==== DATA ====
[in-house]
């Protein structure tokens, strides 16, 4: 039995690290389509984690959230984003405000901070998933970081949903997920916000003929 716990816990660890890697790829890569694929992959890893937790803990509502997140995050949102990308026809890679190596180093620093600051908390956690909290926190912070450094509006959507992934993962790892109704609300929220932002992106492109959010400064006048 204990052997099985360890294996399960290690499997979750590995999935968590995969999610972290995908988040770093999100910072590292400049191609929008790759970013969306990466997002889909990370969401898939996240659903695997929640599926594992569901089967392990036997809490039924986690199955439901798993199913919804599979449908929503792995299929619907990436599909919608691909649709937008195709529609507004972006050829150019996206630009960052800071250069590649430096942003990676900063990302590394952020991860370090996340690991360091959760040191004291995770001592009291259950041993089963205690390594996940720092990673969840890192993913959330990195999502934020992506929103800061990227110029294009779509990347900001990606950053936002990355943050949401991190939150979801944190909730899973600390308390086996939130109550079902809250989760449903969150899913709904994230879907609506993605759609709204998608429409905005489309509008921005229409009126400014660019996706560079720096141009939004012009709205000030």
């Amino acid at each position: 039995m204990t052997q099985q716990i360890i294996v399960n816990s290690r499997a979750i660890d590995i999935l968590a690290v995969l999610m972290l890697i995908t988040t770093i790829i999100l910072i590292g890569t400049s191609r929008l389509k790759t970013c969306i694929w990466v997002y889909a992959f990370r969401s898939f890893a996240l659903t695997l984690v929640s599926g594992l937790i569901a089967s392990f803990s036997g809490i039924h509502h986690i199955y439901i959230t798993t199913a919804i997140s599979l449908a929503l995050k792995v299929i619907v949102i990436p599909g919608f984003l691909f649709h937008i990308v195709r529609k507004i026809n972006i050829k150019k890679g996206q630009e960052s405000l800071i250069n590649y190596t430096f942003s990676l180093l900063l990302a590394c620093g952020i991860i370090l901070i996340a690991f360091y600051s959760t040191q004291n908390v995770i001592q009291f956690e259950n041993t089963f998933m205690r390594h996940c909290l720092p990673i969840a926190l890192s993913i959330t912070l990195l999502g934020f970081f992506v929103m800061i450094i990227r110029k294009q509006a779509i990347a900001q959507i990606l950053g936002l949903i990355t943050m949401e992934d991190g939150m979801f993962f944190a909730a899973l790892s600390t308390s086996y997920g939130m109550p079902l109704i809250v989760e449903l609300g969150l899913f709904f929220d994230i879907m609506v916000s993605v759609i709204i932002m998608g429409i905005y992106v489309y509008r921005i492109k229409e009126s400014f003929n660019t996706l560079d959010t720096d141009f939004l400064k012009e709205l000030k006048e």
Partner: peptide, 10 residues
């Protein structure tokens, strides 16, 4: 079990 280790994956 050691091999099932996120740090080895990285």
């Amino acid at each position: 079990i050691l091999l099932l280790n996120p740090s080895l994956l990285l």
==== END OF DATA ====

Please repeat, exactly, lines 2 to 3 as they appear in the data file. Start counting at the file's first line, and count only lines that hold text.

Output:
């Protein structure tokens, strides 16, 4: 039995690290389509984690959230984003405000901070998933970081949903997920916000003929 716990816990660890890697790829890569694929992959890893937790803990509502997140995050949102990308026809890679190596180093620093600051908390956690909290926190912070450094509006959507992934993962790892109704609300929220932002992106492109959010400064006048 204990052997099985360890294996399960290690499997979750590995999935968590995969999610972290995908988040770093999100910072590292400049191609929008790759970013969306990466997002889909990370969401898939996240659903695997929640599926594992569901089967392990036997809490039924986690199955439901798993199913919804599979449908929503792995299929619907990436599909919608691909649709937008195709529609507004972006050829150019996206630009960052800071250069590649430096942003990676900063990302590394952020991860370090996340690991360091959760040191004291995770001592009291259950041993089963205690390594996940720092990673969840890192993913959330990195999502934020992506929103800061990227110029294009779509990347900001990606950053936002990355943050949401991190939150979801944190909730899973600390308390086996939130109550079902809250989760449903969150899913709904994230879907609506993605759609709204998608429409905005489309509008921005229409009126400014660019996706560079720096141009939004012009709205000030």
């Amino acid at each position: 039995m204990t052997q099985q716990i360890i294996v399960n816990s290690r499997a979750i660890d590995i999935l968590a690290v995969l999610m972290l890697i995908t988040t770093i790829i999100l910072i590292g890569t400049s191609r929008l389509k790759t970013c969306i694929w990466v997002y889909a992959f990370r969401s898939f890893a996240l659903t695997l984690v929640s599926g594992l937790i569901a089967s392990f803990s036997g809490i039924h509502h986690i199955y439901i959230t798993t199913a919804i997140s599979l449908a929503l995050k792995v299929i619907v949102i990436p599909g919608f984003l691909f649709h937008i990308v195709r529609k507004i026809n972006i050829k150019k890679g996206q630009e960052s405000l800071i250069n590649y190596t430096f942003s990676l180093l900063l990302a590394c620093g952020i991860i370090l901070i996340a690991f360091y600051s959760t040191q004291n908390v995770i001592q009291f956690e259950n041993t089963f998933m205690r390594h996940c909290l720092p990673i969840a926190l890192s993913i959330t912070l990195l999502g934020f970081f992506v929103m800061i450094i990227r110029k294009q509006a779509i990347a900001q959507i990606l950053g936002l949903i990355t943050m949401e992934d991190g939150m979801f993962f944190a909730a899973l790892s600390t308390s086996y997920g939130m109550p079902l109704i809250v989760e449903l609300g969150l899913f709904f929220d994230i879907m609506v916000s993605v759609i709204i932002m998608g429409i905005y992106v489309y509008r921005i492109k229409e009126s400014f003929n660019t996706l560079d959010t720096d141009f939004l400064k012009e709205l000030k006048e």